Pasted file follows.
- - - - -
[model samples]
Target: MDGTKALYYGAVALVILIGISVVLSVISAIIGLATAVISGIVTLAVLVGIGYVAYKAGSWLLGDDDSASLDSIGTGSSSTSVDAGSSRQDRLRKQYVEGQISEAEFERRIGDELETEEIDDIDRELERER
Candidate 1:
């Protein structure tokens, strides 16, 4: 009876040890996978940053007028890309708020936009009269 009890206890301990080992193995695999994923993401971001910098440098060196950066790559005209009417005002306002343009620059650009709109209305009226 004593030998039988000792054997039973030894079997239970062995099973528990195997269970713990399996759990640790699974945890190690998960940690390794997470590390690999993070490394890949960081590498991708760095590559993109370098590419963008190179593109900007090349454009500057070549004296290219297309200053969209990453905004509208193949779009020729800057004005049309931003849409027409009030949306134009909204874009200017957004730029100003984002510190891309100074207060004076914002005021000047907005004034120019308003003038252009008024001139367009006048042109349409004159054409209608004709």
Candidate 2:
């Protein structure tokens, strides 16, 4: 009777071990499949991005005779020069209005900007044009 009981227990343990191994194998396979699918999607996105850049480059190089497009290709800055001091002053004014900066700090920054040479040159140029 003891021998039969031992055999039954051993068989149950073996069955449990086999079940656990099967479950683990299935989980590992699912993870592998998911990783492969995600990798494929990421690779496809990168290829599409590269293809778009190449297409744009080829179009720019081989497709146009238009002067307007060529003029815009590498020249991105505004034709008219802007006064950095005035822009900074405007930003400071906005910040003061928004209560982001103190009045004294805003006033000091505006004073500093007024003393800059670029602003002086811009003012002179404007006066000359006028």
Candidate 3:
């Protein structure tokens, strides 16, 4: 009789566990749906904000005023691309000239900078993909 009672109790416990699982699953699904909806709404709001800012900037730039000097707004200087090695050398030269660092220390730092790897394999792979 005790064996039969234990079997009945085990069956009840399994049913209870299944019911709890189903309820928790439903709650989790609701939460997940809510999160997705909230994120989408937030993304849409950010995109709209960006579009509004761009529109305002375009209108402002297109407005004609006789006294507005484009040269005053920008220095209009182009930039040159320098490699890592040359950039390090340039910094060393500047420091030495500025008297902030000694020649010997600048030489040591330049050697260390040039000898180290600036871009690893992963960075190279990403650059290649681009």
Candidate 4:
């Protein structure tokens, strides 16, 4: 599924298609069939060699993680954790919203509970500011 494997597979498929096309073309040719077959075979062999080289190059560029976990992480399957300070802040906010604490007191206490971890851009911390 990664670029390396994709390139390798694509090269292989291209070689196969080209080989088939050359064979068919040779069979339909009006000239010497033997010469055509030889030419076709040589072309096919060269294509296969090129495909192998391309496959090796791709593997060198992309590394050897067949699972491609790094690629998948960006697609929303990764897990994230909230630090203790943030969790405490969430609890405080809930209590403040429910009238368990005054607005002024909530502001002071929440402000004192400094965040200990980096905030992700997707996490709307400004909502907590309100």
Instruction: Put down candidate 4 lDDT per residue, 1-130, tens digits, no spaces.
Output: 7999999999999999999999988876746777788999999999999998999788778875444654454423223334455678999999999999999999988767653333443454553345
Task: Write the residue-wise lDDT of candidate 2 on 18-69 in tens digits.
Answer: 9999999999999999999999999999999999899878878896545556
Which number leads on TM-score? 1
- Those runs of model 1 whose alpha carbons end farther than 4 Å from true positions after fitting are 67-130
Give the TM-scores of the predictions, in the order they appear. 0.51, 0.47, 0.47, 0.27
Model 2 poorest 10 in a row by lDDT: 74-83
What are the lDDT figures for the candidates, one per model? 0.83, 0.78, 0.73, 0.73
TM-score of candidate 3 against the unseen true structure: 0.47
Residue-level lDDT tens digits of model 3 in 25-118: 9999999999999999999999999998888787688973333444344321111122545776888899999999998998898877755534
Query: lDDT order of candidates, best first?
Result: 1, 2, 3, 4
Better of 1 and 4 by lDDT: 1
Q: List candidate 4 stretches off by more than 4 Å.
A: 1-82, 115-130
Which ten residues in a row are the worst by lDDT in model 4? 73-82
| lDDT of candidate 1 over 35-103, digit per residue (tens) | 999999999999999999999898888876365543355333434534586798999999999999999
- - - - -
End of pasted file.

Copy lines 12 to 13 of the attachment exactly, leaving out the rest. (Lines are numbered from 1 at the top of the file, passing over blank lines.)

Output: 7999999999999999999999988876746777788999999999999998999788778875444654454423223334455678999999999999999999988767653333443454553345
Task: Write the residue-wise lDDT of candidate 2 on 18-69 in tens digits.